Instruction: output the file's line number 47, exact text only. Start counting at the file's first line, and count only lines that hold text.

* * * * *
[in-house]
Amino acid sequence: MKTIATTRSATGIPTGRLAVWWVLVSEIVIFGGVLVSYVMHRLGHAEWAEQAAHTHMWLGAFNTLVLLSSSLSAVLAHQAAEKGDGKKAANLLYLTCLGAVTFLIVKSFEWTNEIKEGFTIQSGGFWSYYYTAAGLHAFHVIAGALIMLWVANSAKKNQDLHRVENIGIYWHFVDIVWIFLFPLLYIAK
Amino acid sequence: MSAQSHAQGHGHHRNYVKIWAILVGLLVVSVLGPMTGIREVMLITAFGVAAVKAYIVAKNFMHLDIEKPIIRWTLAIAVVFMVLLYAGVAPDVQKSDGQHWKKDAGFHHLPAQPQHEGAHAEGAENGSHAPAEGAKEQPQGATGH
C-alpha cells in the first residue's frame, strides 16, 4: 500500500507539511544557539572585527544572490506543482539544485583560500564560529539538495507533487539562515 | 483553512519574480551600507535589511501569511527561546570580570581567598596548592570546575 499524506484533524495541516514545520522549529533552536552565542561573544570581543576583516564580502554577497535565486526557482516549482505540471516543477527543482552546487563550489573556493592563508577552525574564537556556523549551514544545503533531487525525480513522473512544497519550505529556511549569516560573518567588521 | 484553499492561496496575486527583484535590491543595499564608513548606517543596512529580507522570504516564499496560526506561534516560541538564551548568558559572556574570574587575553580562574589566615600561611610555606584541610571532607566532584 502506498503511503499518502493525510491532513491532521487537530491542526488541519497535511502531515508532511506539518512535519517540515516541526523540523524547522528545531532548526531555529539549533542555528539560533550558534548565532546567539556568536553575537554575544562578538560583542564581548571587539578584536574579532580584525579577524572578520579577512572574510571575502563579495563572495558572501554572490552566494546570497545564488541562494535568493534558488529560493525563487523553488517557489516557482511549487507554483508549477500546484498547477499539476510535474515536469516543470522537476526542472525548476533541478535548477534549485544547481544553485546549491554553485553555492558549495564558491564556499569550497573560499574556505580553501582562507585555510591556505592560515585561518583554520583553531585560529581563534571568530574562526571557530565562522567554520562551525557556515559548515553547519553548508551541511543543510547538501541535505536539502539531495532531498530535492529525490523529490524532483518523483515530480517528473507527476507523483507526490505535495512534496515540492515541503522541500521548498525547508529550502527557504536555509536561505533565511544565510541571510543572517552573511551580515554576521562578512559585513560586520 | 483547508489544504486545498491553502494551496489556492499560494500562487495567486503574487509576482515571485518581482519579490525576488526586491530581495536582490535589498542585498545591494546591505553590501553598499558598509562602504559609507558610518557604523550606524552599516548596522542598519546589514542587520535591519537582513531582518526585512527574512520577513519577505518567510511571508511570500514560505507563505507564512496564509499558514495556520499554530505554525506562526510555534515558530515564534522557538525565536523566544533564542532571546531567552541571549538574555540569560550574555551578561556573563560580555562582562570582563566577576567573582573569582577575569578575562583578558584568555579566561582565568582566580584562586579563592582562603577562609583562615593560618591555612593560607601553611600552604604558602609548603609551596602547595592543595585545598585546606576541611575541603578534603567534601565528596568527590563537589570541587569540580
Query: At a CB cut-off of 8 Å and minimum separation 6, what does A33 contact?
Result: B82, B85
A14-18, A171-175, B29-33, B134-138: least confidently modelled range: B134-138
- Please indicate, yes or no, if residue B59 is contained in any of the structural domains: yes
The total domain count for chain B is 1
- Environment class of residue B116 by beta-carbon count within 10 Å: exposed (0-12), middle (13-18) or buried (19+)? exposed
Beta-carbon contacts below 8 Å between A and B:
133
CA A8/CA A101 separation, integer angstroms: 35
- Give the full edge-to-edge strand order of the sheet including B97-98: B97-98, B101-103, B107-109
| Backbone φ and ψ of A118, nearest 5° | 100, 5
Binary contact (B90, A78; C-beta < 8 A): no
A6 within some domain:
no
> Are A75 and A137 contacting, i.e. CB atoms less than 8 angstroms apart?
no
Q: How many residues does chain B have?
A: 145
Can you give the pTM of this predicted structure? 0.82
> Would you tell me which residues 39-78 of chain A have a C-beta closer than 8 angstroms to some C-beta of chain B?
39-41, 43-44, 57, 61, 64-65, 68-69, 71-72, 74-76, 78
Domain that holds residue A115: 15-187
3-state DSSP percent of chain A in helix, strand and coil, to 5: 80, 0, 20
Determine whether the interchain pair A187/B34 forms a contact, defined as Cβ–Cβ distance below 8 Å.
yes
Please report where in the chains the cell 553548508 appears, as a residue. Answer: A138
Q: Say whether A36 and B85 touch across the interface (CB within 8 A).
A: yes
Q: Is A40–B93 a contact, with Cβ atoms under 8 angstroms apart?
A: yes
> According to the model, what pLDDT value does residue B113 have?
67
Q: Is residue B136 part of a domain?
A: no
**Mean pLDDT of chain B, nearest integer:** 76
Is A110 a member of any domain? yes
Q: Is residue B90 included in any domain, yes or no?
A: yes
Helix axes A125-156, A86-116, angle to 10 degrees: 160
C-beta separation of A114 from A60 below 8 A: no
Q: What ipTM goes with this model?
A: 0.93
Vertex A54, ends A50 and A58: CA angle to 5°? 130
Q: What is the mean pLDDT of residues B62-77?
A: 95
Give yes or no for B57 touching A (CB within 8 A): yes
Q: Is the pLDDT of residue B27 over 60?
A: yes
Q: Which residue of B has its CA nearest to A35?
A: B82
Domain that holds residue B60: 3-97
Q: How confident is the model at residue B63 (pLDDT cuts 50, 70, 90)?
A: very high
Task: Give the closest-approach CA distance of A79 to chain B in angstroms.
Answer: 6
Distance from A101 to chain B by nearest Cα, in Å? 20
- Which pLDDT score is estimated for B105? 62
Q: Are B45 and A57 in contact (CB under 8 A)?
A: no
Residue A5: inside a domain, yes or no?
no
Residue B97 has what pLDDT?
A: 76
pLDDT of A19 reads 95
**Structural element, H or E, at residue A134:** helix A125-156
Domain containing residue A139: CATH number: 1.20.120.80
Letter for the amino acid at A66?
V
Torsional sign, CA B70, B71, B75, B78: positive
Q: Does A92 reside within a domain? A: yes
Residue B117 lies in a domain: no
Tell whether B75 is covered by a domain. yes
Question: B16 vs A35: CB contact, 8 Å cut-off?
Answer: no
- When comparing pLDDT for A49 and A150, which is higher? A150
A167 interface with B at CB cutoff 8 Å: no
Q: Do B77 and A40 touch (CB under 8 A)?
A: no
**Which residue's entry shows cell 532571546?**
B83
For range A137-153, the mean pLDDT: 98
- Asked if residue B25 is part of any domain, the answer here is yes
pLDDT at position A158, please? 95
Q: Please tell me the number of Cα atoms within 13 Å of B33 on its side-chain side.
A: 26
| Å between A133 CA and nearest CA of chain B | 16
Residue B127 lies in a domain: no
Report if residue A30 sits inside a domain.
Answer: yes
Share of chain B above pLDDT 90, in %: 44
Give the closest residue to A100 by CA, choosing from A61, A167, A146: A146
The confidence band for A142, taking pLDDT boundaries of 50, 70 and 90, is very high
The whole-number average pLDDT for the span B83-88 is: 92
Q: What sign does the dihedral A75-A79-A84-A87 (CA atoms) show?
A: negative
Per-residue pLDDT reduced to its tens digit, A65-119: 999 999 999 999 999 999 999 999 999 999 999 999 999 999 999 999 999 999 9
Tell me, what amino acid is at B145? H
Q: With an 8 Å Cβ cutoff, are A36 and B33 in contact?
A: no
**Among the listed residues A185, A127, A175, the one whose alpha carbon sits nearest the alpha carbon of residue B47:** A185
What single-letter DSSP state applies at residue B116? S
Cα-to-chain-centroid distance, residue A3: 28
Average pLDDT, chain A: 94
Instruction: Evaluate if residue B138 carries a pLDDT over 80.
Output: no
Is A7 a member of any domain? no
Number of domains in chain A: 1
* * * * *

Vertex A54, ends A50 and A58: CA angle to 5°? 130